Physical chemistry question and answer

Study physical chemistry in many universities and the board has been restructured with a greater emphasis on the conceptual and theoretical methodology and the applications of underlying basic concepts and principals.

Naturally, the students find themselves unduly constrained when they are forced to refer to various books or online chemistry course materials to collect the necessary reading materials. It is primarily to help the students.

This website provides systematic and comprehensive coverage of the theory as well as of the illustration of application and questions answers.

Ideal gas question and answer

The molecules in the bulk of the container surrounded by other molecules in a symmetrical manner. This molecule on the whole experiences no net force of attraction.

Now consider the molecule near the side of the container, which is about to strike one of its sides. These molecules contributing to the total pressure of the gas.

This side molecule experiences a net force of attraction towards the center of the container. This results in decreasing the velocity of the molecule.

Thus the molecule does not contribute much force as an ideal gas molecule where there been no forces of attraction. Thus the pressure of a real gas would be smaller than the corresponding pressure of the ideal gas.


What is the pressure of 2 moles of nitrogen gas occupying 10 lit volume at 270 C?
Given, a = 1.4 atm lit2 mol-2 and b = 0.04 lit mol-1 using Van der Waals equation. What is the possible deviation from ideal behavior?


Mole number = 2 mol a = 1.4 atm lit2 mol-2 b = 0.04 lit mol-1 volume = 10 liter universal constant = 0.082 lit atm mol-1 K-1 temperature = (273 + 27)K = 300K

\therefore P=\frac{nRT}{\left ( V-nb \right )}-\frac{an^{2}}{V^{2}}

=\frac{3\times 0.082\times 300}{\left ( 10-2\times 0.04 \right )}-\frac{1.4\times 2^{2}}{10^{2}}

= 4.89 atm

The pressure of the ideal gas
Pideal = nRT/V
= (2 × 0.082 × 300)/10
= 4.92 atm

Preal ㄑ Pideal due to the intermolecular attraction.

The extent of deviation from ideal behavior = (4.92 – 4.89)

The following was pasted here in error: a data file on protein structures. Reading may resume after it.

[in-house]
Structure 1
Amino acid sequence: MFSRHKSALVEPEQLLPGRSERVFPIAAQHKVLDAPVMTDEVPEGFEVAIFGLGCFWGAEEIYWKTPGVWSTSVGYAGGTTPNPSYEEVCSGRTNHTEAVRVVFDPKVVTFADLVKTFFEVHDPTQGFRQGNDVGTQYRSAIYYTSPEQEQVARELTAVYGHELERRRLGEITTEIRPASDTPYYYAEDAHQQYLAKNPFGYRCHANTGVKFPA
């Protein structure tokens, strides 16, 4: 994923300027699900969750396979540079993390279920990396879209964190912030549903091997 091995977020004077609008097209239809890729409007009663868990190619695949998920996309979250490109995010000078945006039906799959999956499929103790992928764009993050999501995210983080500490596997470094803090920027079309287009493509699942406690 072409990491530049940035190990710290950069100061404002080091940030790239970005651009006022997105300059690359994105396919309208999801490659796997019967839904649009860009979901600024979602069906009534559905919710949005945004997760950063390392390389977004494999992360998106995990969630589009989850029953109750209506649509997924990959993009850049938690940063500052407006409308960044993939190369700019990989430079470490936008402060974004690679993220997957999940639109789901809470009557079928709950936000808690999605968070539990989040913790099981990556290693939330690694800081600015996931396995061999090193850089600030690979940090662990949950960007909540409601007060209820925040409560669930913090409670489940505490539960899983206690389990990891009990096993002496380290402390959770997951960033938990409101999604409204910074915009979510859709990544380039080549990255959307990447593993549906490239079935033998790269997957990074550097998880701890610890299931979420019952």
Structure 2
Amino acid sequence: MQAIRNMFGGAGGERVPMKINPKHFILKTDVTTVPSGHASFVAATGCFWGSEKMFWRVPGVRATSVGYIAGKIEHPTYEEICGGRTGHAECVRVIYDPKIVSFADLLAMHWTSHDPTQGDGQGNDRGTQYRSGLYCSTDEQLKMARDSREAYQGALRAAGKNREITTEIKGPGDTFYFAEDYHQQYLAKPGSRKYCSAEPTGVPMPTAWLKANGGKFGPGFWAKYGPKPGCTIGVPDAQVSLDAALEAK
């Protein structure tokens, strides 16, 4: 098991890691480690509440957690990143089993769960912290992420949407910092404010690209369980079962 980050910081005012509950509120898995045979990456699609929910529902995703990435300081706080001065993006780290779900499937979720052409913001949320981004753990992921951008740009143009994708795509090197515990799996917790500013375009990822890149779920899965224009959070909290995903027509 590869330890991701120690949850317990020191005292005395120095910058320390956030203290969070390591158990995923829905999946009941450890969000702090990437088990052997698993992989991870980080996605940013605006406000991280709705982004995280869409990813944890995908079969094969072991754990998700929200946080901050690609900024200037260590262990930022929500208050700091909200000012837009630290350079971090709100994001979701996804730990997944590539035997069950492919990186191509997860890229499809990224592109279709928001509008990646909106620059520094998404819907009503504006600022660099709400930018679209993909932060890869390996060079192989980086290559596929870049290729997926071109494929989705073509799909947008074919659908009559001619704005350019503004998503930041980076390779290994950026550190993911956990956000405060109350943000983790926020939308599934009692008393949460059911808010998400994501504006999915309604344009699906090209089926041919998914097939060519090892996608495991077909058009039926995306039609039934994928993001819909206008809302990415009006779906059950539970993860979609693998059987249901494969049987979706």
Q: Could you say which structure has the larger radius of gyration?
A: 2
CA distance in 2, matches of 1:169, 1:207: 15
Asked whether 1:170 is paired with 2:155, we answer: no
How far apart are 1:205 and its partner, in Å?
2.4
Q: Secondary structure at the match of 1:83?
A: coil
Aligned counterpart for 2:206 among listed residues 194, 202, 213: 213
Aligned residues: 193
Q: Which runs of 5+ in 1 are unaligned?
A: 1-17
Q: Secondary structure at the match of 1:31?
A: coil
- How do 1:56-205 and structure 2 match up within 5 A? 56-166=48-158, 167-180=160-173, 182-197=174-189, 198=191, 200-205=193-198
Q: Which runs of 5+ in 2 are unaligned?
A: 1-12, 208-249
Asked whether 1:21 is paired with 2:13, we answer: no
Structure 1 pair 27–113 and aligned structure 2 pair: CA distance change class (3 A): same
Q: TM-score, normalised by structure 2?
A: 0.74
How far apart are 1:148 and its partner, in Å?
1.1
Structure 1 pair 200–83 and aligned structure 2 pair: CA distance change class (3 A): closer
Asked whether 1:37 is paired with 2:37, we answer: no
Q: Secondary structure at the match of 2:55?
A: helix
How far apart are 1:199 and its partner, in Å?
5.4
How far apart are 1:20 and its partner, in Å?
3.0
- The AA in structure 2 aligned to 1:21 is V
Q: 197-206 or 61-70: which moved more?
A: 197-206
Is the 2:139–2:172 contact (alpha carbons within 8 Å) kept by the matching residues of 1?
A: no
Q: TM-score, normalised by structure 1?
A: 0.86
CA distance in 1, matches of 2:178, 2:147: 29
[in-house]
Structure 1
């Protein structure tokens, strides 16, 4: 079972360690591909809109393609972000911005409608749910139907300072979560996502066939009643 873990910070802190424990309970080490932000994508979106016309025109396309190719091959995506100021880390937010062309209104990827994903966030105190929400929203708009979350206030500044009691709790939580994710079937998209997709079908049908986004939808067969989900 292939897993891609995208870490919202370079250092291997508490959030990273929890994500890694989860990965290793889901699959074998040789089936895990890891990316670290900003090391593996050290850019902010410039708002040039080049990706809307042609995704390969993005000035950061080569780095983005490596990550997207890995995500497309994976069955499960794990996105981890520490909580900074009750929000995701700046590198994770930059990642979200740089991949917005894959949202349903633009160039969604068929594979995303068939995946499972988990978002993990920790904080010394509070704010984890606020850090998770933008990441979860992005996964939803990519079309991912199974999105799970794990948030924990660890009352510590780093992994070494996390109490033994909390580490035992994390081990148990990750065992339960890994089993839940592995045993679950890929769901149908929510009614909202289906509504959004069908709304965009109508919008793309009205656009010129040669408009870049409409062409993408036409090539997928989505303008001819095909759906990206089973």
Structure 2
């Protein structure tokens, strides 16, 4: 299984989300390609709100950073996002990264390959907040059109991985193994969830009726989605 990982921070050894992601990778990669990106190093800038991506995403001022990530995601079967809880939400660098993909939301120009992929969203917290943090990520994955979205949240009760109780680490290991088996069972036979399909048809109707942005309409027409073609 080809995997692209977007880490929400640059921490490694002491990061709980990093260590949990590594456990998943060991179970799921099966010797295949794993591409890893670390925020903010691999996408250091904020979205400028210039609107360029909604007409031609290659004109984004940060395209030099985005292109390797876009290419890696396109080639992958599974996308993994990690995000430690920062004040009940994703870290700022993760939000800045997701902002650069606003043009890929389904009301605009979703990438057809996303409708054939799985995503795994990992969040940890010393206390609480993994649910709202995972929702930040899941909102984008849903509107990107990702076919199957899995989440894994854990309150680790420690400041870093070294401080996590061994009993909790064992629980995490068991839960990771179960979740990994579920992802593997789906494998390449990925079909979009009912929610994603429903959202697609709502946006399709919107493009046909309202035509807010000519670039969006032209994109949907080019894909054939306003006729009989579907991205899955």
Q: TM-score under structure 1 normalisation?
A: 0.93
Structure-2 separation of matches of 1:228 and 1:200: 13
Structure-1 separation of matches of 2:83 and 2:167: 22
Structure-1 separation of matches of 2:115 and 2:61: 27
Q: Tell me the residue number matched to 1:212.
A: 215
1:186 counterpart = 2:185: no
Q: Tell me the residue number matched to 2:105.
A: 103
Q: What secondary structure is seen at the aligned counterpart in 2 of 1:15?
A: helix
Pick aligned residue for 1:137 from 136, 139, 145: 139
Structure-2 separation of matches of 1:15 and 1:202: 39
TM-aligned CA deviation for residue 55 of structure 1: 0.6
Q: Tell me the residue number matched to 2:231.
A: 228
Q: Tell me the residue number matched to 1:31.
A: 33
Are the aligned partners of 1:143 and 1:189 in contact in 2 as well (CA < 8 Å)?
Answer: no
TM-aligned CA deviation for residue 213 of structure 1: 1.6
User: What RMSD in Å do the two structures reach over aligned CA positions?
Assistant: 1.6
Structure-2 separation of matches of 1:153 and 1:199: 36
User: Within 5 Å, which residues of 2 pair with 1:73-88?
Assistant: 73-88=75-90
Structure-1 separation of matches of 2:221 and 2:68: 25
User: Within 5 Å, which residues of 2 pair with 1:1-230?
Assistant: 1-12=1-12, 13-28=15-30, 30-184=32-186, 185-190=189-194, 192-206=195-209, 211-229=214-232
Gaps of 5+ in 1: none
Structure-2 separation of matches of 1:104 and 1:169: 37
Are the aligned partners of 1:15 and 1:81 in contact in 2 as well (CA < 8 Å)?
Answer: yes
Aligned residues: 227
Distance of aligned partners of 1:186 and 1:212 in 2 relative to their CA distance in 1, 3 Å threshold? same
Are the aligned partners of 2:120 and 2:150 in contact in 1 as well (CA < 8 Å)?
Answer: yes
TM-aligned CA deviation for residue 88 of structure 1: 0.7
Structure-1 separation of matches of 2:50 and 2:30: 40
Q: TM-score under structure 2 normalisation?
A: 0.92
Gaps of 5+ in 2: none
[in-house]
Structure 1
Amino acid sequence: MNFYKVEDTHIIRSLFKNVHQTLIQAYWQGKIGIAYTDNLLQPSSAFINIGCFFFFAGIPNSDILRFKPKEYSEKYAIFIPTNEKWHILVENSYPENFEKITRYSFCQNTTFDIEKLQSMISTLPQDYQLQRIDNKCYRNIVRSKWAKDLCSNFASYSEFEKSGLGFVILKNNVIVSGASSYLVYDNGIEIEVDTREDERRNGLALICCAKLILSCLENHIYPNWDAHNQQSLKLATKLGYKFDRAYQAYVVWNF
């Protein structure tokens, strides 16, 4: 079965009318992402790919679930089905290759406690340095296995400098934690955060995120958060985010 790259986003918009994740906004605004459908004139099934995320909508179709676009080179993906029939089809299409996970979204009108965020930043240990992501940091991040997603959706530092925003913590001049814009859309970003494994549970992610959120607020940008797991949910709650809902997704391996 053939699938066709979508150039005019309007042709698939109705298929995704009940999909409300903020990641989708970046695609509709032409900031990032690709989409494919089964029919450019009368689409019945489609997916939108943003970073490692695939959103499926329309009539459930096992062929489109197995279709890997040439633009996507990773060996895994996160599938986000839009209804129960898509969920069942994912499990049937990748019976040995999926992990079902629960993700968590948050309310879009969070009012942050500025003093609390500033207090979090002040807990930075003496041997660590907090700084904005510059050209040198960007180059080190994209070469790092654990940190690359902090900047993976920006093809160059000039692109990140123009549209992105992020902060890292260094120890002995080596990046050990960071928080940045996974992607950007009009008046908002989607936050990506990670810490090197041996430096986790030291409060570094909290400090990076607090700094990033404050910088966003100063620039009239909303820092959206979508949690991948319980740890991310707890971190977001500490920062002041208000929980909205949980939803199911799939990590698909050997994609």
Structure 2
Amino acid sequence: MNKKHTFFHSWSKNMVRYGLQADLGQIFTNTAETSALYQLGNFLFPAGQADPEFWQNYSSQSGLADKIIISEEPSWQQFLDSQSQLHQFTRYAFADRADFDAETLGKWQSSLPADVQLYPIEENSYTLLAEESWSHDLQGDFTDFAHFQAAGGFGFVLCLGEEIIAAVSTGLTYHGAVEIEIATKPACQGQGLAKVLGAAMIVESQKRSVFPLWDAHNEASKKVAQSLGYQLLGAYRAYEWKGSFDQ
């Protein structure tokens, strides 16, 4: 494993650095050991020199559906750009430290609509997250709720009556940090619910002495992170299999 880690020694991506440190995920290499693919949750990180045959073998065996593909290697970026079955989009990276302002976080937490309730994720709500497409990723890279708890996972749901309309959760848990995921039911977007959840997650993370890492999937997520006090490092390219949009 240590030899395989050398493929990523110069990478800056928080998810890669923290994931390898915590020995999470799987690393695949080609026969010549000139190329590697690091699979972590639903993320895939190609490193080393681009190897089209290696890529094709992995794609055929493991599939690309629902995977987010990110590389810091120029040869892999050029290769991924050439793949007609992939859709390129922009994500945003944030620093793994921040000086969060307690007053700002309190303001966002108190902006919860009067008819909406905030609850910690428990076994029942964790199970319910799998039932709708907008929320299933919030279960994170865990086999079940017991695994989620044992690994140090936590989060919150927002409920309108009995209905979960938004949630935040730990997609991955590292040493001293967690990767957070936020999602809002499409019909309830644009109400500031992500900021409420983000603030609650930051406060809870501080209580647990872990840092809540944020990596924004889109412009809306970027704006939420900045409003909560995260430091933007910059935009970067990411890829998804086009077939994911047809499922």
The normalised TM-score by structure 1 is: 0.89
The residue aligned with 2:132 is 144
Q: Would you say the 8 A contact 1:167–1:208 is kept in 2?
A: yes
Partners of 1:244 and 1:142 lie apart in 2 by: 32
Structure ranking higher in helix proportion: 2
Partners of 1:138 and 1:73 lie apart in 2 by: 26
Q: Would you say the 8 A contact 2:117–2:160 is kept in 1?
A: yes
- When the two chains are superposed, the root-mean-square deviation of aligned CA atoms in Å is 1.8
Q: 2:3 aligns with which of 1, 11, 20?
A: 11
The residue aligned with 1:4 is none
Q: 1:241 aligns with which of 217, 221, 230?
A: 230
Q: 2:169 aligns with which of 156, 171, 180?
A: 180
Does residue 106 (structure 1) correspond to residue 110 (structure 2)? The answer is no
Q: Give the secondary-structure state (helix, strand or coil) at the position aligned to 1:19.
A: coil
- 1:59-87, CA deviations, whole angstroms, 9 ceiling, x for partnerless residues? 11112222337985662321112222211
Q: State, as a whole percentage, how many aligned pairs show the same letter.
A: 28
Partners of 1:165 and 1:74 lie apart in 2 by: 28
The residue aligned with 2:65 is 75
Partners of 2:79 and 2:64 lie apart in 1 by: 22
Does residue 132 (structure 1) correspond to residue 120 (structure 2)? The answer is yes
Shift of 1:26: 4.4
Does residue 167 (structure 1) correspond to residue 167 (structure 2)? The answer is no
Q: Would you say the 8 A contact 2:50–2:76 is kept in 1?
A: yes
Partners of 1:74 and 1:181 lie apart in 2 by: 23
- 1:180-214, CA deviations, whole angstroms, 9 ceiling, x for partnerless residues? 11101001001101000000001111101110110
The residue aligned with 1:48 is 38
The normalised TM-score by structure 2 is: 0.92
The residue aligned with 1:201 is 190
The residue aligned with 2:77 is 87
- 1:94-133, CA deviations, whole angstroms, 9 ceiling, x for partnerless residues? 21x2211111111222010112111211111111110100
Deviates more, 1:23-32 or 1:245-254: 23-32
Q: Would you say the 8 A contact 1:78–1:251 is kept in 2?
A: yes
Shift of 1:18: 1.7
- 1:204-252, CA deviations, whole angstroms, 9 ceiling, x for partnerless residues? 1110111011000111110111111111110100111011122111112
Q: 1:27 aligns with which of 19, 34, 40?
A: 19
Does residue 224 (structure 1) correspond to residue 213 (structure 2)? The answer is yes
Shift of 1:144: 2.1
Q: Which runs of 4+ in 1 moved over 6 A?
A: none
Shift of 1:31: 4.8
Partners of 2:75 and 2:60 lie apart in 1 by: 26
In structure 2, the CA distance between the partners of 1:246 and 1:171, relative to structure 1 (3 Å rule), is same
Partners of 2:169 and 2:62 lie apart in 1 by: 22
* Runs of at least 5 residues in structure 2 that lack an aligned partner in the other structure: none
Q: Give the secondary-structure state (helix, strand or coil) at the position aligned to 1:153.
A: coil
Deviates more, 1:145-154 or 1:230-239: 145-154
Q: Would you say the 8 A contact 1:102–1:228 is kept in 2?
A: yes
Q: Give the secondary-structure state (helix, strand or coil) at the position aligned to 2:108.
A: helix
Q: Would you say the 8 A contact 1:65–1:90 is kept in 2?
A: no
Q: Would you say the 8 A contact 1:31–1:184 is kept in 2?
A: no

= 0.300

Application of combined gas law


At 1 atm pressure and 300 K temperature, the volume of the gas 2000 cm3. What are the volume of this gas at 600 K temperature and 2 atm pressure?

Combination of Boyle’s and Charles’s law

(P1V1)/T1 = (P2V2)/T2

P1 = 1 atm, V1 = 2000 cm³, T1 = 300K, P2 = 2, T2 = 600K and V2 = ?

\therefore \frac{1\times 2000}{300}=\frac{2\times V_{2}}{600}

or, V2 = 2000 cm3

One liter of a gas at 300 atm and 473 K compressed to a pressure of 600 atm and 273 K. The compressibility factors found from the curves are 1.072 and 1.375 respectively at the initial and final states. What is the final volume of the gas?


Compressibility factor,
Z = PV/nRT.

Z1 = P1V1/nRT1 and Z2 = P2V2/nRT2

where P1, V1, and T1 are the initial pressure, volume, and temperature and P2, V2 and T2 are the final pressure, volume, and temperature.

\therefore \frac{Z_{2}}{Z_{1}}=\frac{\frac{P_{2}V_{2}}{nRT_{2}}}{\frac{P_{1}V_{1}}{nRT_{1}}}

or,V_{2}=\frac{Z_{2}}{Z_{1}}\times \frac{T_{1}}{T_{2}}\times \frac{P_{1}V_{1}}{P_{2}}

The final volume of the gas

=\frac{1.375}{1.072}\times \frac{273}{473}\times \frac{300\times 1}{600}

= 370.1 c.c

How do you measure the mass of the gas?


At 273 K and under the pressure of 100 atm the compressibility factor of oxygen 0.97. Calculate the mass of oxygen necessary to fill a gas cylinder of 108.5 lit capacities under the given conditions.


T = 273 K, Z = 0.97 and P = 100 atm.

Compressibility factor, Z = PV/RT where V is molar volume.

The molar volume of oxygen
Vm = ZRT/P
= (0.97 × 0.082 × 273 K)/(100)
= 2.17 lit mol-1

The mass of this molar volume will be equal to the molar mass of oxygen, which is 2.17 lit of oxygen equal to 32 gm.

Thus the mass of oxygen required to fill the gas cylinder 108.5 lit under the given condition

=\frac{32\, gm}{2.17\, lit}\times 108.5\, lit

= 1600 gm
= 1.6 Kg


Calculate the weight of oxygen necessary to fill up a cylinder of 5-liter capacity at 00 C and 100-atmosphere pressure when the compressibility factor 0.96.


Number of moles (n) = g/M gm mol-1 and Z = compressibility factor.

PV = Z × nRT or, n = PV/ZRT
∴ g/M = PV/ZRT or, g = PVM/ZRT
∴ Weight of oxygen = PVM/ZRT

=\frac{100\times 5\times 32}{0.96\times 0.082\times 273}

= 744 gm

Van der Waals question answer

For n mole real gas, Van der Waals equation of state {\color{Blue} \left ( P+\frac{an^{2}}{V^{2}} \right )\left ( V-nb \right )=nRT} \therefore unit\, of\, a=\frac{unit\, of\, P\times \left ( unit\, of\, V \right )^{2}}{\left (unit\, of\, n \right )^{2}}

Unit of a = atm lit2 mol-2

CGS unit of a
= dyne cm-2 cm6 mol-2
= dyne cm4 mol-4

SI unit of a
= Newton m-2 m6 mol-2
= Newton m4 mol-2

unit\, of\, b=\frac{unit\, of\, V}{unit\, of\, n}

SI unit of b = m3 mol-1

CGS unit of b = cm3 mol-1

The dimension of a = [M L5 T-2 mol-1]

Dimension of b = [L3 mol-1]


What is the Boyle temperature of nitrogen gas if a = 1.4 atm lit² mol⁻² and b=0.04 lit mol⁻¹?


Boyle temperature, TB = a/Rb

∴ Boyle temperature for nitrogen gas
= 1.4/(0.082 × 0.04) K
= 427 K